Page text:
2. Generating a Template Deployment Plan using weblogic.PlanGenerator

  3. Customizing the Deployment Plan Using the Administration Console

  4. Manually Customizing the Deployment Plan

  5. Validating the Exported Deployment Configuration

The sections that follow describe each procedure in detail.

Staging Application Files for Export

Oracle recommends placing application files into an application installation directory before exporting the deployment configuration. When using an installation directory, generated configuration files, such as the deployment plan, are automatically copied to the \plan subdirectory during export.

To create an application installation directory:

  1. Create a top-level installation directory for your application:

    mkdir c:\exportapps\myApplication
  2. Create \app and \plan subdirectories:

    mkdir c:\exportapps\myApplication\app
    mkdir c:\exportapps\myApplication\plan
  3. Copy the complete application to be exported into the \app subdirectory. The application can be either in archive or exploded archive form:

    cp -r c:\dev\myApplication c:\exportapps\myApplication\app

    The \app directory must include the full application distribution, and can include the WebLogic Server descriptor files that you use for deployment to your development environment.

If you choose not to use an installation directory when exporting an application, Oracle recommends using the -plan option to weblogic.PlanGenerator to specify the location and filename of the generated plan. By default, weblogic.PlanGenerator stores generated files in the TEMP/weblogic-install/application_name/config directory, where TEMP is the temporary directory for your environment. For Windows platforms, this means generated configuration files are stored in C:\Documents and Settings\username\Local Settings\Temp\weblogic\install\myApplication.ear\config. Use the -plan option to place generated files in a known location.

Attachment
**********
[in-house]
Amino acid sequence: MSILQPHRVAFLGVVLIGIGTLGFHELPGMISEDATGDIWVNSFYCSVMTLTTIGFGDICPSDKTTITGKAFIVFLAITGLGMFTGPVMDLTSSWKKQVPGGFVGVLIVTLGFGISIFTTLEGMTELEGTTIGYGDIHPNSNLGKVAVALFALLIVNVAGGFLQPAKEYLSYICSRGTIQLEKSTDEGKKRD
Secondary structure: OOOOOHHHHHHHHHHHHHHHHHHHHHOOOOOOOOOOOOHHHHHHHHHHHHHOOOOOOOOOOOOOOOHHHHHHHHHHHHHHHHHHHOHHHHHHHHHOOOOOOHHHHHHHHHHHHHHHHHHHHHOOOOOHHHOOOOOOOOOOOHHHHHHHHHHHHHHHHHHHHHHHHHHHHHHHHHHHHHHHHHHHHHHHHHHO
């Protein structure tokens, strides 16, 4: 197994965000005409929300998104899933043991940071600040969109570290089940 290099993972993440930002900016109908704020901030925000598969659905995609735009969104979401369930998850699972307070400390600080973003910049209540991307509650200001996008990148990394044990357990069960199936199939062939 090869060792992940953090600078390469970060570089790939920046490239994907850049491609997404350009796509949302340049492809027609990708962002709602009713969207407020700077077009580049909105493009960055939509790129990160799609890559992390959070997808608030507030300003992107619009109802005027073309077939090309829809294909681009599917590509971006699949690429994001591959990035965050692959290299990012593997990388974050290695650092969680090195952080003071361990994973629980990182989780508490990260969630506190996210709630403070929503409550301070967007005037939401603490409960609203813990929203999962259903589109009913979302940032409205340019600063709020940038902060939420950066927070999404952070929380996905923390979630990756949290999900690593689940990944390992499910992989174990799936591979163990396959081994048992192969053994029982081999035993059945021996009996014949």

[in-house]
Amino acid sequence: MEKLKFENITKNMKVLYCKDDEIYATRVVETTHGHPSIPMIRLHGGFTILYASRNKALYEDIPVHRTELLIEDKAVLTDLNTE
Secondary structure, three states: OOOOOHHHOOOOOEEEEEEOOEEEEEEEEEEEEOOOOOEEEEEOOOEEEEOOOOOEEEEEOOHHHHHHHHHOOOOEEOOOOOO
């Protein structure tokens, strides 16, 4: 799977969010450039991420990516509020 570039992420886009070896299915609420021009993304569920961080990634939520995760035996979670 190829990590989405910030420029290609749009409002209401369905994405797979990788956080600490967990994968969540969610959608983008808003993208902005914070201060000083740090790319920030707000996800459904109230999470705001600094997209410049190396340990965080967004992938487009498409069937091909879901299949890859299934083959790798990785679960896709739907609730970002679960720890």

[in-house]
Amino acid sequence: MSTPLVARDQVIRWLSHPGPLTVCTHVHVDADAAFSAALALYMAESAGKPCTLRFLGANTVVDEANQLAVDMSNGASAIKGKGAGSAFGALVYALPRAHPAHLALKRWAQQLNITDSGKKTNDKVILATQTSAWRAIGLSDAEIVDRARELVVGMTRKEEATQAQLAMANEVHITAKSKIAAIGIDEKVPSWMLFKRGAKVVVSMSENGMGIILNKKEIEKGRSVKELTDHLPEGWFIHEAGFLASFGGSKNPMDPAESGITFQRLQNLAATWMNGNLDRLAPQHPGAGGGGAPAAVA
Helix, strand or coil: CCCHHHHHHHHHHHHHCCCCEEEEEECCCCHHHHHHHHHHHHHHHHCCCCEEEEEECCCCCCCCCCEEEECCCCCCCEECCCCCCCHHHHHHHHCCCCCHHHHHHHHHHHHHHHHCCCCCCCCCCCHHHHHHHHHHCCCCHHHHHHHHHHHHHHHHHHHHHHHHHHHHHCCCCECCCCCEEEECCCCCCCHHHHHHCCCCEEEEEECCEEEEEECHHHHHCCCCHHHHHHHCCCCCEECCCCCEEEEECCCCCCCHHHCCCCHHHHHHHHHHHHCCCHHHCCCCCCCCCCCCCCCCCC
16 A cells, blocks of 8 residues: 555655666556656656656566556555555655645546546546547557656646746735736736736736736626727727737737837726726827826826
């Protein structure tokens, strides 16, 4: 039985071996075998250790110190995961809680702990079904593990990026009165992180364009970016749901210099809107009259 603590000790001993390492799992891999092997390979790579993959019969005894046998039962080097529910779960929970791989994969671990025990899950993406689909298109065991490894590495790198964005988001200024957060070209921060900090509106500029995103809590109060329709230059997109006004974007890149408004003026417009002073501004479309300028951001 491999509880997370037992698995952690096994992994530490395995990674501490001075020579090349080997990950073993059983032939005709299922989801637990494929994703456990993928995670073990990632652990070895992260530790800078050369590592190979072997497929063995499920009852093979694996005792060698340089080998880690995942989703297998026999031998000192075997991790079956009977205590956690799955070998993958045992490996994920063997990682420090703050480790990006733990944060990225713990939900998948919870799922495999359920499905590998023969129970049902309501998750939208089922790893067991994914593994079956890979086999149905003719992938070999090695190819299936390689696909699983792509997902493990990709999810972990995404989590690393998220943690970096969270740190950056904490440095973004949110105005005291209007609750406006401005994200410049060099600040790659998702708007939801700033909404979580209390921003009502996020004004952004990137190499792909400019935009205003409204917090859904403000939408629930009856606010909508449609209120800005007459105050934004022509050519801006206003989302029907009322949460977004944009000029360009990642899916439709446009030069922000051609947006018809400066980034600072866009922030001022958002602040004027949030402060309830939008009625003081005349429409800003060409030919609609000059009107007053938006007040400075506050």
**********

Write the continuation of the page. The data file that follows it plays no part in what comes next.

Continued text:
Generating a Template Deployment Plan using weblogic.PlanGenerator

The weblogic.PlanGenerator tool provides a quick and easy way to generate a template deployment plan with null variables for an entire category (such as declaration or configurable properties) of deployment descriptors. Oracle recommends using weblogic.PlanGenerator to generate a new deployment plan with null variables for all of an application's dependencies. This ensures that all global resources required for an application can be easily configured by administrators who must deploy the application in a new environment.

When using an application staged in an installation root directory, the basic syntax for using weblogic.PlanGenerator is:

java weblogic.PlanGenerator -root install_root category


install_root specifies the fully qualified name of the root directory for the application and plan.

category specifies the category of WebLogic Server deployment descriptors for which you want to create variables. (See Understanding Deployment Property Classifications for a description of each category.) For the purposes of generating a template deployment plan, you should usually use only the -dependencies option, which is the default option, as this limits variables to external resources required by the application.